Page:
Mary Evelyn Davis takes a “Honey Pail” to the Elias Bushman’s for Milk in Lehi, Utah

By Wayne Clark

I was born and raised in Lehi, Utah. After I graduated from Lehi High School I left my home town. More than fifty years later I moved back to a changed landscape. There were more than ten times more people in the town I had last known in the early 1960s. The older part of town had changed less than the “suburbs” where cow pastures and hay fields were being filled with housing subdivisions, like the one I moved into. I struggled to find old landmarks and neighborhoods I had known in my youth. I developed an obsession with finding out who my Mormon pioneer ancestors were and where they had lived in Lehi.

My 68-eight-year-old great grandfather, William Bone Jr. (1841-1912), and my 64-year-old great grandmother, Fannie Wagstaff Bone (1845-1935), and their children were in dwelling 494 in Lehi in the 1910 Census. They and their children had resided in previous years in the home that’s at 394 North, 100 West today, but it appeared that the 1910 Census taker found them in the home of William Bone Jr’s father, my second great grandfather, William Bone Sr. (1812-1902). From other sources I knew that the William Bone Sr home was a block down First West Street, on the site of a home that stands today at 271 North, 100 West. The neighbors in the 1910 Census, and an incident involving a “honey pail,” indicate that this was indeed the case.

Elias Abert Bushman (1849-1925) and his family in dwelling 493 were apparently near the Bones in 1910. The census shows both families on Center Street that year, but Utah County property records show that they were instead on First West Street. Though the 1910 Census of Lehi does not give house numbers, the Bushman’s are known to have been in the Richard William Bradshaw home at 286 North, 100 West that year. That was their address in the 1920 Census which does provide street addresses. Elias A. Bushman was the father of Sylvia Bushman (1886-1941), the wife of John Franklin Bradshaw. Her mother, Margaret Laura Zimmerman (1858-1933), purchased the property on which the 286 North, 100 West home stood in 1909.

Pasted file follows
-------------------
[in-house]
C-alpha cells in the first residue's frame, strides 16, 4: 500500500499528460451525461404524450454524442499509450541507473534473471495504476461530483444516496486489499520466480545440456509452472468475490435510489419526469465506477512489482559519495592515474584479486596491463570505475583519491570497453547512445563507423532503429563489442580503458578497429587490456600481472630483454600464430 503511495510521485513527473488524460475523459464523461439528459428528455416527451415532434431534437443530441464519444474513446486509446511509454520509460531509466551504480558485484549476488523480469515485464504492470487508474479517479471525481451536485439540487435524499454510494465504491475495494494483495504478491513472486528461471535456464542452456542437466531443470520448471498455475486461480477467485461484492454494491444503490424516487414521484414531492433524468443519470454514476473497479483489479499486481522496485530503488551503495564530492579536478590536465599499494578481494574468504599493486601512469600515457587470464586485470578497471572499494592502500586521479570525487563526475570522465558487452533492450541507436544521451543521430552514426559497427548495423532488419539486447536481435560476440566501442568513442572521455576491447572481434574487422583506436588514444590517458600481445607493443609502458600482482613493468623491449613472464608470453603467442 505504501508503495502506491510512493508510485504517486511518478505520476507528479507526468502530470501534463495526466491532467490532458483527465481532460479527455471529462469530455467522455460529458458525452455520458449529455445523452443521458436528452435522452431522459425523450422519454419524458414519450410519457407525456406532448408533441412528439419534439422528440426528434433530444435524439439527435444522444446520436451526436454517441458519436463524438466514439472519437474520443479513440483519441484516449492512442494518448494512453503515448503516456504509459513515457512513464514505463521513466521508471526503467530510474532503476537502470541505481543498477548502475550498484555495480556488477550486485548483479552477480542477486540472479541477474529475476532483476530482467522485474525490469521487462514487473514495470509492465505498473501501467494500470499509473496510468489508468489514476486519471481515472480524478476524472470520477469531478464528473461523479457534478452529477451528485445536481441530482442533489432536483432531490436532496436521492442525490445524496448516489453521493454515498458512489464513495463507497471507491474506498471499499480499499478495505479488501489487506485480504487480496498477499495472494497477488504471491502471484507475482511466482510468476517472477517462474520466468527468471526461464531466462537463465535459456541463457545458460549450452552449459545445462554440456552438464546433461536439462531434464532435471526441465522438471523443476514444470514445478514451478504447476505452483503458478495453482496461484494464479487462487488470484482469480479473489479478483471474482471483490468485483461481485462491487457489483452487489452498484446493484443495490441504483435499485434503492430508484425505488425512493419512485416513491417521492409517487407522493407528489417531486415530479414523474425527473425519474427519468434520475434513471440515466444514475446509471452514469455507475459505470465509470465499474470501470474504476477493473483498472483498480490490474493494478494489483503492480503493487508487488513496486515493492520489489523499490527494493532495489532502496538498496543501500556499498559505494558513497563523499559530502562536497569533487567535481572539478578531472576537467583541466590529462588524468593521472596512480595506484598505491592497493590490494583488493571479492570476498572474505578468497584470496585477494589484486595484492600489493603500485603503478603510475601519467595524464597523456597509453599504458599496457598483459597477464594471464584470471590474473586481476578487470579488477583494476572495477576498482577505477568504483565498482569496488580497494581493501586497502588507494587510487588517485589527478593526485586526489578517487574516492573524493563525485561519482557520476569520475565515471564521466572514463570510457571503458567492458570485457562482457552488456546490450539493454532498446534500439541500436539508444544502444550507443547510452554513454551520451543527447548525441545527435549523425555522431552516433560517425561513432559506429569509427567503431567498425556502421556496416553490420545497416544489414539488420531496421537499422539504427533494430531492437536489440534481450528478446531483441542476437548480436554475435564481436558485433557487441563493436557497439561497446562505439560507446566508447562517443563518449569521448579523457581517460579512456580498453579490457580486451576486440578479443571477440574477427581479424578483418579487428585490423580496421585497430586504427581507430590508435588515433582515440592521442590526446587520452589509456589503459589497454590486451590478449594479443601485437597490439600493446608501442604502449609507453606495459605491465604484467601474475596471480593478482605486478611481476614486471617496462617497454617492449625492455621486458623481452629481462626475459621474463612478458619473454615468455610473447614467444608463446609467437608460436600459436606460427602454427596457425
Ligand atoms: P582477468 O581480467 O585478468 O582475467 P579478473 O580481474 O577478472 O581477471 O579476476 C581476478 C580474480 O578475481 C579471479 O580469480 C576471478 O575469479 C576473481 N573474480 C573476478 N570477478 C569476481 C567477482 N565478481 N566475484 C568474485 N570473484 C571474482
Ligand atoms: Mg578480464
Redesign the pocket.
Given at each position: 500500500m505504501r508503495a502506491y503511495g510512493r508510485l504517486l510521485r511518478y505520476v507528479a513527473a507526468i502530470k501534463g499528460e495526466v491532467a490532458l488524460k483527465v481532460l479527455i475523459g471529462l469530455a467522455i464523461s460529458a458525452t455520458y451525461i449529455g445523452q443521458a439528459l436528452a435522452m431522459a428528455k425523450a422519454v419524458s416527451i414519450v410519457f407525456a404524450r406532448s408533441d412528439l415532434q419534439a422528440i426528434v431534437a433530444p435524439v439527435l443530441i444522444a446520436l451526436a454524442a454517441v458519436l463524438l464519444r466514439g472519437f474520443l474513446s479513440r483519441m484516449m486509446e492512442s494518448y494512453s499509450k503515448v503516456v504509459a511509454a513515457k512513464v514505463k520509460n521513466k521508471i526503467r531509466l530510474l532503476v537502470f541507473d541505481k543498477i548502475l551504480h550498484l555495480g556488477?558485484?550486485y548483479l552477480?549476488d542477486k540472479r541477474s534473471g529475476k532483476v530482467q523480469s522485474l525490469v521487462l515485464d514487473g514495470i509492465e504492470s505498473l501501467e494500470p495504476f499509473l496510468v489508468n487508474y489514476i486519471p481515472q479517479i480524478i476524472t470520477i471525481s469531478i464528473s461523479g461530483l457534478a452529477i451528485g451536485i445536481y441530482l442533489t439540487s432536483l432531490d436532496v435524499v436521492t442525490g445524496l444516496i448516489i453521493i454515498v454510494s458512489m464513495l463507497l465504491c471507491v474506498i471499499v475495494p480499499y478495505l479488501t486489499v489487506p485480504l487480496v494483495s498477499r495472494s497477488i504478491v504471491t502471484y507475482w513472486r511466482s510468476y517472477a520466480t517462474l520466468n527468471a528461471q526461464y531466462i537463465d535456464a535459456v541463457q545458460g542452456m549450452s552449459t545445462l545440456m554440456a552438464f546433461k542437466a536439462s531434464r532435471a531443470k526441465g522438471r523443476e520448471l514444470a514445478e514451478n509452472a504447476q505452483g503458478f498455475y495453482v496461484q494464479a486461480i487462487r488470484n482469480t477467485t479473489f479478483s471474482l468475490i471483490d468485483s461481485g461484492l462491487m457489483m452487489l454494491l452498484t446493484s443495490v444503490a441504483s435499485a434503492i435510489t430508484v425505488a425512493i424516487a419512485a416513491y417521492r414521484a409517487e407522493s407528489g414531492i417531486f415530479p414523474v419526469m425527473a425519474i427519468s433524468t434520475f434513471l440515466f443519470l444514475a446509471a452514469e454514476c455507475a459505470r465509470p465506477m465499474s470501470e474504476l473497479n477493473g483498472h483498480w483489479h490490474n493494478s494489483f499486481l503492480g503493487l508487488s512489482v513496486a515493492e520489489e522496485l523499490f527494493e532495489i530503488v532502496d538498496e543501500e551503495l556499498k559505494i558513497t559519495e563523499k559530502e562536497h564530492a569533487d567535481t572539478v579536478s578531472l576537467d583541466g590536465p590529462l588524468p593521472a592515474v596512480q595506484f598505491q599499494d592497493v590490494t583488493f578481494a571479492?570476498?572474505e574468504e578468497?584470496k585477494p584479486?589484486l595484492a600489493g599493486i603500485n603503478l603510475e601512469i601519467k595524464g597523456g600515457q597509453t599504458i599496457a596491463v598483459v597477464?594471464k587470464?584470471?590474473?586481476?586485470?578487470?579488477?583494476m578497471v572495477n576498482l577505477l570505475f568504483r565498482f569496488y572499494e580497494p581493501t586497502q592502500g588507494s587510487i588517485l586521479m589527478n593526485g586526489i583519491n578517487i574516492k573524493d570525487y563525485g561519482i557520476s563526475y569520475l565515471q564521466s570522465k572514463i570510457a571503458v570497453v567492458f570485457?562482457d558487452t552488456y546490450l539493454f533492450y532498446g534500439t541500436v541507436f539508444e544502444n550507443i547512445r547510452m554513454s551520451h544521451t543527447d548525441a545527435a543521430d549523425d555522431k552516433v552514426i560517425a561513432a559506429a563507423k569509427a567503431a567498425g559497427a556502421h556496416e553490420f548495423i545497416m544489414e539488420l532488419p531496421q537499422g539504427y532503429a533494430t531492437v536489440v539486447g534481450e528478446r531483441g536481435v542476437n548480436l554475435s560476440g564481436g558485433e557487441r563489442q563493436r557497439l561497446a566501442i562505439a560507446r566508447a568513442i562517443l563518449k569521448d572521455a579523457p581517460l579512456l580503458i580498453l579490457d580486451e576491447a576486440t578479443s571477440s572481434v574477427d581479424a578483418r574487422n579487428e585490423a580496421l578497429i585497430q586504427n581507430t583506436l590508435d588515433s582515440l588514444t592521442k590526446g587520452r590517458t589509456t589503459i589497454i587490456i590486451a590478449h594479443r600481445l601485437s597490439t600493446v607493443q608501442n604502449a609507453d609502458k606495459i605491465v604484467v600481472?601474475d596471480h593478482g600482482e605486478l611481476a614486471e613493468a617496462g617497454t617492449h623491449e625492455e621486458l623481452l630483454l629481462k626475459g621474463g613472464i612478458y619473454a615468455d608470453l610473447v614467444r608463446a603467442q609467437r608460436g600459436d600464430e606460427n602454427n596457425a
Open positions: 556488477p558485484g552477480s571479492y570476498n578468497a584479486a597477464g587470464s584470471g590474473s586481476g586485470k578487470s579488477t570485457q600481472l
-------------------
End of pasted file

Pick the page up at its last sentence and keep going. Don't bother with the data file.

The Elias A. Bushman family home must have been the one William and Fannie’s granddaughter, Mary Evelyn Davis (1905-1985), referred to in an incident involving a “honey pail”. Evelyn was a 4-year-old child in the home of her parents, George Edward Davis (1857-1914), and William and Fannie’s daughter, Mary Ann Bone (1875-1950), in the 1910 Census. In a tribute to her grandmother at the time of her funeral she said that when she spent the night with her grandmother she was asked to take the “honey pail” to the Bushman’s for milk.

She didn’t explain just what the “honey pail” was. Was it a euphemistic reference to a “honey bucket” or bucket toilet? That doesn’t seem likely if the pail was used for milk, but what else could have been? Whatever it was, it provides evidence that the William Bone, Jr, and his family had moved down to the 271 North, 100 West home after the death of William Bone, Sr. The Bushmans apparently put milk in a “honey pail” for the little four-year-old girl to carry across First West Street to her grandparent’s house.

I vaguely remember that little girl. I think she was at the home of my grandfather, Asa Jones Clark (1882-1966), a time or two when I was a kid. She was my father’s first cousin. The two of them were in the same home for a short time after Evelyn’s mother, Mary Ann Bone Davis, married my grandfather in 1925. That was after the death of my grandfathers first wife, Mary Ann’s sister, Julia Pearl Bone (1884-1921). The cousins and their brothers and sisters were joined in Mary Ann’s home at 187 North, 300 West. If I had known I would need to know about the “honey pail,” I might have asked Evelyn about it. The whole family would probably have provided a smart answer.

Note : This story is drawn from information in the following documents which contain the supporting references and documentation. The Old Fort Wall, a Herd of Cows, and a Near and Dear Neighbor in Lehi, Utah,…/0B5wDxipAGQN2UG02ZnV…/view…, 37 MB

Melissa Lott Smith Bernhisel Willes and three Joseph Smiths,…/0B5wDxipAGQN2RFNmLW1…/view…, 2 MB

My “Aunt Melissa:” Melissa Lott Smith Bernhisel Willes,…/0B5wDxipAGQN2aS0tSXd…/view…, 11 MB William Clark (1825-1910): His Pioneer Adobe Home in Lehi, Utah, and the Homes of his Neighbors and Descendants,…/0B5wDxipAGQN2cGNsT25…/view…, 21 MB Pioneer Adobe Homes on the Memorial Building and Legacy Center Blocks in Lehi, Utah,…/0B5wDxipAGQN2MWRJVk1…/view…, 16 MB Lehi, Utah, Stockmen William Clark (1825-1910), his Son, William Wheeler Clark (1855-1934), and his Grandson, Asa Jones Clark (1882-1966) on the “Big Field,” West Canyon and Tickville,…/0B5wDxipAGQN2WnRuQ21…/view…, 11 MB

These, and similar documents, as well as other stories by Wayne E. Clark, are posted at Index to Documents by Wayne E. Clark for Lehi Historical Society and Archives,…/0B5wDxipAGQN2c0lkeXZ…/view…

About Ann Laemmlen Lewis

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